Failure to give vacant possession on completion date
Did you know? If you’re selling your personal property, you need to ensure that it’s empty on the agreed date no matter what the circumstances. This is known as ‘giving vacant possession’. If vacant possession is not available, it’s not empty or if there is still a legal claim, there is a risk of losing the deposit.
What is vacant possession?
Vacant possession means that the home you are intending to buy is unoccupied on the assigned completion day. This indicates that the sellers and/or the seller’s renters, if applicable, have moved out and removed all of their physical items, leaving only those goods agreed upon with the buyer.
Moreover, making sure that the property is free from all legal claims, for example, in the following circumstances, an old lease or a broken lease without being declared to the Land Registry that might affect your ownership.
If you are purchasing or selling a home with tenants already residing in it, it is the seller’s obligation to give you the tenancy agreement and other applicable tenancy information. If you are the buyer, you can inquire about the existing tenancy, and the specifics of the tenancies will be included in the contract for sale. Rental income would become available from existing tenants at the purchase property.
If you’re an existing tenant under a lawful tenancy contract, you have a legal obligation to give your landlord vacant possession of the property on completion. Failure to do so could result in you being liable for damages and the seller can claim your deposit.
The most important elements of selling a property with vacant possession are:
1) The seller needs to give notice to the tenant/s in the property that he is planning to sell . They will need to give tenants at least 2 months’ notice in writing, and the tenant/s will then have to move out by the expected date. Therefore allowing the property to be available as a vacant possession.
2) If there are any items left in the tenanted property by the previous owner, you will need to remove them. For example any furniture, white goods, or other belongings.
3) You must ensure that all utility bills and Council Tax are up to date. If there are any outstanding payments, the new owner may be liable for these.
4) Obtain an Energy Performance Certificate (EPC) for the property. This is required by law when selling a property.
5) Once you have completed these steps, you will need to provide the new owner with a ‘vacant possession certificate’. This is a document that states that the property subject is empty and all legal claims have been removed. Without this, the new owner may not be able to take ownership of the property.
How to give a vacant possession?
On the day of completion, is it mandatory for every tenant to move out from the house. It is the responsibility of the seller to make sure that all tenants take all personal items and furniture from the house; unless the buyer and seller have come to a mutual agreement of leaving some of the items, as per stated in the contract.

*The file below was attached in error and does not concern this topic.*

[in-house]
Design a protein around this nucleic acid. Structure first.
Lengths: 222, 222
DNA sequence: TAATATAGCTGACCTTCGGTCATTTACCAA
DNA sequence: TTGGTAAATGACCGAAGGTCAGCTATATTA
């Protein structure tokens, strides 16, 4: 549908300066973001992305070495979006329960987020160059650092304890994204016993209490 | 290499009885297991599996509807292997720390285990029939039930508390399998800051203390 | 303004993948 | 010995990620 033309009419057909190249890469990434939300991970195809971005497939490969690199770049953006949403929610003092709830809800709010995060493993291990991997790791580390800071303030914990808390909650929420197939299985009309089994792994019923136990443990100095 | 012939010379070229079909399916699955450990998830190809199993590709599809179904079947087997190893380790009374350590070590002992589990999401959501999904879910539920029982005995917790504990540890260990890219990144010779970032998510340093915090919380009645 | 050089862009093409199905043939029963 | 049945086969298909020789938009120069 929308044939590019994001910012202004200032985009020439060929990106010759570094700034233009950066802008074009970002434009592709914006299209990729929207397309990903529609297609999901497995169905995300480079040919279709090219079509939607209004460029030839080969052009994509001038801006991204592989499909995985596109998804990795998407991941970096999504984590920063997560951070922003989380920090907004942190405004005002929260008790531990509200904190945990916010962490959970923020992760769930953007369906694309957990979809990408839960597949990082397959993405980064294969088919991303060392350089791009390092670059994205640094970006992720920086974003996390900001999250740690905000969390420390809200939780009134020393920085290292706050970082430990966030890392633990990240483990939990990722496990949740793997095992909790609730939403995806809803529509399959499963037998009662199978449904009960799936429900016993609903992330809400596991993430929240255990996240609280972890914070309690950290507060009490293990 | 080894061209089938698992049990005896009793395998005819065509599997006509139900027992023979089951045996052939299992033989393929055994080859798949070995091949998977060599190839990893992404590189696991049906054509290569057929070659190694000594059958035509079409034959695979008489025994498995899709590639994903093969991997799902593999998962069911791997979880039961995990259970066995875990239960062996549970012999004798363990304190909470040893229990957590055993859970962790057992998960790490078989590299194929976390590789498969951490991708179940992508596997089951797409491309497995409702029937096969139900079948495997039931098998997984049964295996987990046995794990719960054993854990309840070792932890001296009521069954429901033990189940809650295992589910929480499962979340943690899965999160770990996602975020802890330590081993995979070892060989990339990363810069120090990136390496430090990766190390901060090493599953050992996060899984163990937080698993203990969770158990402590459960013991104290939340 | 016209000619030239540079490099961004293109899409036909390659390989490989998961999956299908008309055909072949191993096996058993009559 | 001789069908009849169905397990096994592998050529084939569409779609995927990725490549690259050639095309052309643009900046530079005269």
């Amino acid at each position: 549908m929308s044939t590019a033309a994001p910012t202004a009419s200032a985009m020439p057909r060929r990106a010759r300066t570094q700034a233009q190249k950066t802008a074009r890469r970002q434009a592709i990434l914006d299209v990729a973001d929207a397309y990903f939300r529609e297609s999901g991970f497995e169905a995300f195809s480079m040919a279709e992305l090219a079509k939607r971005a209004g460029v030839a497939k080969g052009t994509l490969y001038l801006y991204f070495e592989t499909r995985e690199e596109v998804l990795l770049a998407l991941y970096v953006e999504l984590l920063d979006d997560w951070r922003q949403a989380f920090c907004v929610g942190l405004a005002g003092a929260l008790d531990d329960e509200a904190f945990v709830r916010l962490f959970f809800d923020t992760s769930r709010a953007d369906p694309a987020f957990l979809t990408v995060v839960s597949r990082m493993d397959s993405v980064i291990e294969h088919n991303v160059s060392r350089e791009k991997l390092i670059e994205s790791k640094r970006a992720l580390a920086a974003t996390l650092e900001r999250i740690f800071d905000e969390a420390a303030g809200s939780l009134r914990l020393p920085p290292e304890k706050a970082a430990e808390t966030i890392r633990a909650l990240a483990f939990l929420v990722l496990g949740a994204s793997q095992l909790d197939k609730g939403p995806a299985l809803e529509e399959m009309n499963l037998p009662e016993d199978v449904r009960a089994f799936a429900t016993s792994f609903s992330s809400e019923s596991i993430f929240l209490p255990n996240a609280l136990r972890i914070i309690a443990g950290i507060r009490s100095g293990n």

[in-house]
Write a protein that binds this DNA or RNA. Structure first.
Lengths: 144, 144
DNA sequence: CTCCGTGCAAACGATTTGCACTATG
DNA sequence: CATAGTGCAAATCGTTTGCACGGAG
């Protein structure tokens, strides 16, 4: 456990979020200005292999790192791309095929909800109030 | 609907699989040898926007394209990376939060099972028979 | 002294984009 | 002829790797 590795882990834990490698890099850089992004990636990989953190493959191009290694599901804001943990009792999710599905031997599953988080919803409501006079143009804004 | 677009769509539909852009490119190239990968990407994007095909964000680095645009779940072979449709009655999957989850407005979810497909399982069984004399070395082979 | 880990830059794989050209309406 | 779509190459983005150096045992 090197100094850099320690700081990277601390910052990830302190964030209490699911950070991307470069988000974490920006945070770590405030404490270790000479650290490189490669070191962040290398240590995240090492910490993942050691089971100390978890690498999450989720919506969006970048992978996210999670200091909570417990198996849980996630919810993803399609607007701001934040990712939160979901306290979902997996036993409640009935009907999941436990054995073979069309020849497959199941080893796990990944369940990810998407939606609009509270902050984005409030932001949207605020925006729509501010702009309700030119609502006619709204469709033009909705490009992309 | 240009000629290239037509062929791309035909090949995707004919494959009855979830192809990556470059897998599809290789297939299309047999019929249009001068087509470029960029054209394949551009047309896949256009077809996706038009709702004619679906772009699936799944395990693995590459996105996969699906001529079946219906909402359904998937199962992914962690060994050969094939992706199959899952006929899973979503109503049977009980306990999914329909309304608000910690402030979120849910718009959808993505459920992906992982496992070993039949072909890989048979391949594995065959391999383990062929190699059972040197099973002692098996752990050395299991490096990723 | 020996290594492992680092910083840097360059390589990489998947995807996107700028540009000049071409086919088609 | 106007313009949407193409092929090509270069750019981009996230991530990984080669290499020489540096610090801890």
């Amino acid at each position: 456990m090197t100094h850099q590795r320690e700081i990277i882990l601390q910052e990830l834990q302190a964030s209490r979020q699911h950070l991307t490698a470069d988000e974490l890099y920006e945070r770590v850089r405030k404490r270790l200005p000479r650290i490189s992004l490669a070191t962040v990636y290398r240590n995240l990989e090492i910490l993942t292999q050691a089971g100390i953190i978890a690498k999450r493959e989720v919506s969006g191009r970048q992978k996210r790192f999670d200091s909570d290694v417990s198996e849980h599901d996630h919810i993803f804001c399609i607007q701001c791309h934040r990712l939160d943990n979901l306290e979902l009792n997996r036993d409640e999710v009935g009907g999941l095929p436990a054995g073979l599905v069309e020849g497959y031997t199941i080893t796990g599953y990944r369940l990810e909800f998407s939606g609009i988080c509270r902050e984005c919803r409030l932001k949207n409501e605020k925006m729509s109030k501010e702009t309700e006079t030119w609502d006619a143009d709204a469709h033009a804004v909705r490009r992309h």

It is also the seller’s obligation to hand over the keys either to the selling agent or directly to the buyer.
What happens if I fail to give vacant possession?
Breaching the terms of the contract can have serious legal consequences, especially if the vacant possession is not adhered to. It is important to take action as soon as you know there may be a problem.
If the seller fails to give vacant possession on completion, the buyer may be able to claim damages on the buying subject and take legal action. This could include the cost of them having to find alternative accommodation, as well as any other losses they incur as a result of not being able to move into the property.
You should make sure that you are able to give vacant possession on the completion date; it is a key part of the contract. If you are unable to do so, you should let the buyer know as soon as possible and try to come to an agreement about what to do next.
What can I do if I fail to give vacant possession?
If you fail to provide vacant possession on completion, you should speak to your mortgage lender and your conveyancer as soon as possible. They may be able to offer some advice on how to proceed. Your estate agent should also be aware of the situation and may be able to help you find alternative accommodation, if necessary.
If you are in this situation, it is important to speak to a conveyancing solicitor who can advise you on your complete rights and options.
Selling a property is never easy, therefore, to consider it vacant possession, it should provide the new owner an undisturbed enjoyment of the property legally and physically. In other terms, the seller has the obligation to make sure the tenants leave before the completion of the expected date, taking all the items and furniture from the house, successfully allowing the vacant possession to proceed without glitches.
If you are selling with vacant possession you must make sure that there are no legal claims related to the house sale.
If the seller fails to give the house on the completion date this will result in legal implications.